For your autofocus option, I'm not familiar with Sony but I'm assuming wide-area AF is where the camera chooses which AF point to use and the spot AF you select which AF point is the active one (i.e. an AF point on the right when you look through the viewfinder). If this is the case, my technique is to use the spot AF, where I chose the 'hot' AF spot. I'll prefocus by pressing halfway down on the shutter and wait for the train to hit that spot.
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Old 05-27-2007, 04:08 PM   #37
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Ween,

Thanks for the link (I am also interested in photographing aircraft )

I have been using center spot autofocus. I generally aim and lock focus on the rail at a preselected point and then fire the shutter when the train hits that point, which I think is similar to what you do.

I tend to use center-weighted metering, since that seems to expose the train best rather than the blue sky or bright surroundings.

On a side note, I hope everyone in the United States reading this will try to observe the National Moment of Remembrance at 3PM local time on Memorial Day. It is a sad thing to know that so many children in America think of this day only as "the day the swimming pools open".

http://www.remember.gov/

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Old 05-27-2007, 08:03 PM   #38
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Rich,
I worked from your photo that was the downsized original. I put it through Ifranview, putting the contrast around 20, the saturation somewhere between 100 and 150 (Yikes, I know) and I put the gamma somewhere around 1.10, then used the sharpen tool once.
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Old 05-27-2007, 08:59 PM   #39
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Quote:
Originally Posted by trainboysd40
Rich,
I worked from your photo that was the downsized original. I put it through Ifranview, putting the contrast around 20, the saturation somewhere between 100 and 150 (Yikes, I know) and I put the gamma somewhere around 1.10, then used the sharpen tool once.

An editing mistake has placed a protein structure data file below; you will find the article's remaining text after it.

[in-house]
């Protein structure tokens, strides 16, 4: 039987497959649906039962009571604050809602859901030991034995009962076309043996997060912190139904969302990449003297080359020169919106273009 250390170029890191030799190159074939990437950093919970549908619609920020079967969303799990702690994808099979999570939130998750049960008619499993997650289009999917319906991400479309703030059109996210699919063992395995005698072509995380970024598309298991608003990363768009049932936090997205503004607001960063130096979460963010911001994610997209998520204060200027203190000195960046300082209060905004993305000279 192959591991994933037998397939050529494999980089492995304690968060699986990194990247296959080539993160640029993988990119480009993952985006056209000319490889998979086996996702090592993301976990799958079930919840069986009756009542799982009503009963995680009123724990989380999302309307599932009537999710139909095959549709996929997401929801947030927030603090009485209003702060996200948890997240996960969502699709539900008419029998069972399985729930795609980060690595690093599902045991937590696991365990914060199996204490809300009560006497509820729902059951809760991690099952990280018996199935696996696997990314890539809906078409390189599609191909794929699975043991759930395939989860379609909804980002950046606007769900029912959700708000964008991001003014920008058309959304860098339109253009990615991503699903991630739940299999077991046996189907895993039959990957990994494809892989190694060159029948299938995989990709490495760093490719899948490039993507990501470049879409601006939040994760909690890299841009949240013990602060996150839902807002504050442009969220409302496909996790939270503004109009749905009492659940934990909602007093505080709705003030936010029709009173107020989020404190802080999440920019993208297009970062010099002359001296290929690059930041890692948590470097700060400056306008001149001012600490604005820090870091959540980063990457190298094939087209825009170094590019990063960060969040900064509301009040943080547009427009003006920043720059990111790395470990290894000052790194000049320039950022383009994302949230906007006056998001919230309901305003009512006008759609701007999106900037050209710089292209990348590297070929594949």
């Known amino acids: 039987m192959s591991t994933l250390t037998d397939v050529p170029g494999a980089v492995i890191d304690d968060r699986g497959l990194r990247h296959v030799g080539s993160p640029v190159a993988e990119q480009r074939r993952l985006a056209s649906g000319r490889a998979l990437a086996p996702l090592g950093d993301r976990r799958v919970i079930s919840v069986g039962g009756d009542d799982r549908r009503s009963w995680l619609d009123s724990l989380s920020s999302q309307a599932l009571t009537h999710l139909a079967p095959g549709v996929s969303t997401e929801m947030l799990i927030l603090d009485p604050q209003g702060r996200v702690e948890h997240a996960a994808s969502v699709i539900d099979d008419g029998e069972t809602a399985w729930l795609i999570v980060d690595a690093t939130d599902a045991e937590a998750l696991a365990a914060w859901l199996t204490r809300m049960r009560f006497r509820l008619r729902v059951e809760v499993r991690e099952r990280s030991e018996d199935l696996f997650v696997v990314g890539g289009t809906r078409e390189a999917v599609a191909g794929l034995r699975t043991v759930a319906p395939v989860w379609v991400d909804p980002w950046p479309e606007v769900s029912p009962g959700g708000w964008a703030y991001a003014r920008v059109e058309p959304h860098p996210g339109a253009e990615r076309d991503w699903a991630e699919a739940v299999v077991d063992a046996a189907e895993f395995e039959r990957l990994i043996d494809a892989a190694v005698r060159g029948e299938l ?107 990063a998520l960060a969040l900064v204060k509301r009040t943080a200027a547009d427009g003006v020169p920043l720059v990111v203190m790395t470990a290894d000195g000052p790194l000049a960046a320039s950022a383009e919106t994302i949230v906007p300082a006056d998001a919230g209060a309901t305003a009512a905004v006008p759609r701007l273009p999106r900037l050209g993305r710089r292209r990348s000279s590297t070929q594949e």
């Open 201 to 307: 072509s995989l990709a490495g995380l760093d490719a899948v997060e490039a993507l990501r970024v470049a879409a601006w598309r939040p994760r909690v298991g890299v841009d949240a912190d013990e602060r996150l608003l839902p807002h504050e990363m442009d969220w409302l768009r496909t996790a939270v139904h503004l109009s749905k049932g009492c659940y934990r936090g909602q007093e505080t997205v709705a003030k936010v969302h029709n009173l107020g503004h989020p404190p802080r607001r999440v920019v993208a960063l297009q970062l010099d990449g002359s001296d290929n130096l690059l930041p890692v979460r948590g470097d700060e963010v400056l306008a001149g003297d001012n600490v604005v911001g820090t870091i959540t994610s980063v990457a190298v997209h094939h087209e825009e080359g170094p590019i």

Thanks for taking the time to help! Man, I have sure had a crash course in post processing the past day or so. I see that there is much more to digital photography than just having a decent camera.

I have used IrafanView extensively in the past, and I have spent most of the day today trying to get a basic feel for the many nuances of Photoshop Elements 5.0. I am greatful to you all. You guys have been most helpful.
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Old 05-28-2007, 12:03 AM   #40
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Originally Posted by Rich K
I have used IrafanView extensively in the past, and I have spent most of the day today trying to get a basic feel for the many nuances of Photoshop Elements 5.0. I am greatful to you all. You guys have been most helpful.
(EDITED - I added some detail)

My quick, basic Elements 3 workflow.
- convert from RAW
- rotate (I would say "if needed," but I shoot handheld and it is needed maybe 85% of the time!) and crop to taste
- see what Auto Levels does (Auto Smart Fix usually makes things worse)
- brightness/contrast to up contrast and adjust brightness (start with +5 contrast and -5 brightness)
- resize to RP size or whatever my final use is
- convert to 8-bit (so I can save as .jpg)
- sharpen (75/.6/0 are my starting values)
- save with Save As (because it preserves EXIF info in the file)

Additional things I do sometimes:
- use shadows/highlights to bring up shadows when needed (seldom, and NEVER go past a 5, usually a 2 or 3, even though the scale goes up to 100)
- use the Photo Filters to warm or cool the shot (just like I used to do on-camera in the film days!)
- otherwise deal with color issues, often by adjusting saturation generally or by specific color
- noise reduction
- do a perspective adjustment to get all the verticals heading in the same direction

Nothing else comes to mind at the moment. A few times I have done a selective application, using the magic wand to select part of the image and then applying an adjustment just to that area.

J
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Old 05-30-2007, 11:17 PM   #41
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RAW files are 3872 x 2592 in size on this camera.
Ahh, 10mp. Now it makes sense.